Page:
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Yellen pushes countries to ‘give up the game’ on corporate taxes

Raising US corporate taxes could spur similar moves by other countries and hasten the establishment of a global minimum corporate tax, US Treasury Secretary Janet Yellen said on Wednesday.

President Joe Biden last week unveiled a $2 trillion jobs and infrastructure plan paid for in part by an increase in the domestic corporate tax rate, which was lowered in 2017, and by sweeping up more of profits stashed overseas.

A unilateral tax hike could put the United States at a disadvantage with other nations with lower rates, but Yellen predicted the proposed increase would encourage other countries to end the competition over providing corporations the most favorable tax climate.

“We’re not only ending America’s participation in the race to the bottom. The tax plan incentivizes the whole world to give up the game,” Yellen told reporters.

“Destructive tax competition will only end when enough major economies stop undercutting one another and agree to a global minimum tax, and this proposal includes some powerful incentives for nations to do that.”

Yellen earlier this week announced that Washington would push the G20 for an agreement on a global minimum corporate tax to stem the erosion of government revenues, and the bloc is expected to unveil a proposal by July.

G20 finance ministers met Wednesday and agree to continue work on a “globally fair, sustainable and modern international tax system.”

Biden’s proposal partially reverse the move by his predecessor Donald Trump, who pushed a corporate tax cut through Congress in 2017, that Yellen said cost the United States jobs and tax revenue.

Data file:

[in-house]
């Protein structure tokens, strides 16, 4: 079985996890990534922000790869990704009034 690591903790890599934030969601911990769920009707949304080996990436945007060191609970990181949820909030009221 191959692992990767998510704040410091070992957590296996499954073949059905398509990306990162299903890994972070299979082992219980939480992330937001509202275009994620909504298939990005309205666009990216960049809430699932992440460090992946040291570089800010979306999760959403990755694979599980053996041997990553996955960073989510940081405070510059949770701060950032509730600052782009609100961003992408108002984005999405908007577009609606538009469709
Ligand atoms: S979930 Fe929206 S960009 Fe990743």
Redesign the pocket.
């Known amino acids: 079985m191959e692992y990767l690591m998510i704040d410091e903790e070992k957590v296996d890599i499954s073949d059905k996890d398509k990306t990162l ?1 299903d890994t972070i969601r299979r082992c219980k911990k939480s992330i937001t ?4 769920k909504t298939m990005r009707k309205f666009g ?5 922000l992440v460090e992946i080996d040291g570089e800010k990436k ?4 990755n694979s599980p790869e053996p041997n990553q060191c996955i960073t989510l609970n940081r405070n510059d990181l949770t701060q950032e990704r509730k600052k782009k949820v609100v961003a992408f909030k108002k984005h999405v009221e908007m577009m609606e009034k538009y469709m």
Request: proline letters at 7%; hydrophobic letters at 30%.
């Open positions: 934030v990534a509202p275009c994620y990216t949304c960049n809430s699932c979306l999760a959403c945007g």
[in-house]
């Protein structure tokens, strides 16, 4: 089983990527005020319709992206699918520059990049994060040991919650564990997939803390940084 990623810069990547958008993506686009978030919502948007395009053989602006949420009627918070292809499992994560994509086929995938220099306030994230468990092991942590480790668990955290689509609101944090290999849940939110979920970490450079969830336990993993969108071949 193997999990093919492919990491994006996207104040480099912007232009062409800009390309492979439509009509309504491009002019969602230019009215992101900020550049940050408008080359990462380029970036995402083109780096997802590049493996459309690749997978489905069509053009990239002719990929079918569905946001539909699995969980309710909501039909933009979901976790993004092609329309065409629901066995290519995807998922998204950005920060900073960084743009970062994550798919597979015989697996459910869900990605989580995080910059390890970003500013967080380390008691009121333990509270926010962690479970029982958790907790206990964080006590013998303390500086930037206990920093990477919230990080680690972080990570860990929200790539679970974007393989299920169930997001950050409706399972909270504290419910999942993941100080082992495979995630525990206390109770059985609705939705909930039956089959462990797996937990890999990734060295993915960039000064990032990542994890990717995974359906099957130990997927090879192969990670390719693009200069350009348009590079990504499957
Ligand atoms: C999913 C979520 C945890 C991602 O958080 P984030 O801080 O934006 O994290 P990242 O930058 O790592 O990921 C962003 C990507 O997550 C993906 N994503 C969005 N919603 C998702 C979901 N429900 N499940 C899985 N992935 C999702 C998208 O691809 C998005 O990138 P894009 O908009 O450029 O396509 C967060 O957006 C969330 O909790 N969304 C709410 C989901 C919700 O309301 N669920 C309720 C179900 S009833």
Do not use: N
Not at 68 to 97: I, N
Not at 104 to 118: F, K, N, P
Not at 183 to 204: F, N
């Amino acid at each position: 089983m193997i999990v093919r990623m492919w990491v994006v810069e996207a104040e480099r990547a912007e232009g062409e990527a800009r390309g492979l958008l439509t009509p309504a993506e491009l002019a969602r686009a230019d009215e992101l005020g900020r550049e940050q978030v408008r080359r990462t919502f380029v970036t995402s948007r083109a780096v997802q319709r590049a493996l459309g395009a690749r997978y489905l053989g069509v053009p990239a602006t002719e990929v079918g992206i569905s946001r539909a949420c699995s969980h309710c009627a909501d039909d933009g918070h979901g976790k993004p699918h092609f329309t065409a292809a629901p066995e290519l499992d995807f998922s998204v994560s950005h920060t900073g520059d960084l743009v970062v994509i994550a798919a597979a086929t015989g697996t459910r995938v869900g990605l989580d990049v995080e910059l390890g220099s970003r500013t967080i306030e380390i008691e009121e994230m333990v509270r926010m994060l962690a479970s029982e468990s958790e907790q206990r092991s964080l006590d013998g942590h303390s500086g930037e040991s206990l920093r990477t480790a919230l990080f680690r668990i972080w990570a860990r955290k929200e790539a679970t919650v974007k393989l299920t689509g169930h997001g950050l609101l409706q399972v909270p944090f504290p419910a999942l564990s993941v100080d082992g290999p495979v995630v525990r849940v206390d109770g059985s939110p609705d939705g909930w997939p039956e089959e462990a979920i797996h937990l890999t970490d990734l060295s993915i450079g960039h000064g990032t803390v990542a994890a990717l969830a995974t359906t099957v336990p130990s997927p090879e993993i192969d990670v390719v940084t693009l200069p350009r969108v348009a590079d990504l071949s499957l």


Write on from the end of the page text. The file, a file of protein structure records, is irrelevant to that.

“The law actually incentivizes American companies to offshore their workers and investments and to shift their profits to tax havens,” she said.

“Simply put, by choosing to compete on taxes, we’ve neglected to compete on the skill of our workers and the strength of our infrastructure,” Yellen said.

Biden’s plan would raise the official rate to 28 percent from 21 percent, and increase the minimum tax on multinationals to 21 percent, “ending the ability of multinationals to shield income in tax havens from U.S. taxes,” according to the Treasury proposal.

However, the US tax rate would remain about seven percentage points below the level prior to the 2017 reform, and be coupled with a host of reforms the Treasury Department said would result in $2 trillion in corporate profits being taxed over the next decades.

The Treasury said corporations actually pay much less than the official tax rate, with an effective rate currently of just 8 percent “the result of a combination of profit shifting and tax preferences that allow large companies to shrink their tax burdens.”

“In a typical year, around 200 companies report net income of $2 billion or more. Of these, a significant share pay zero or negative federal income taxes, despite reporting hundreds of billions of dollars in profits to shareholders,” the report said.

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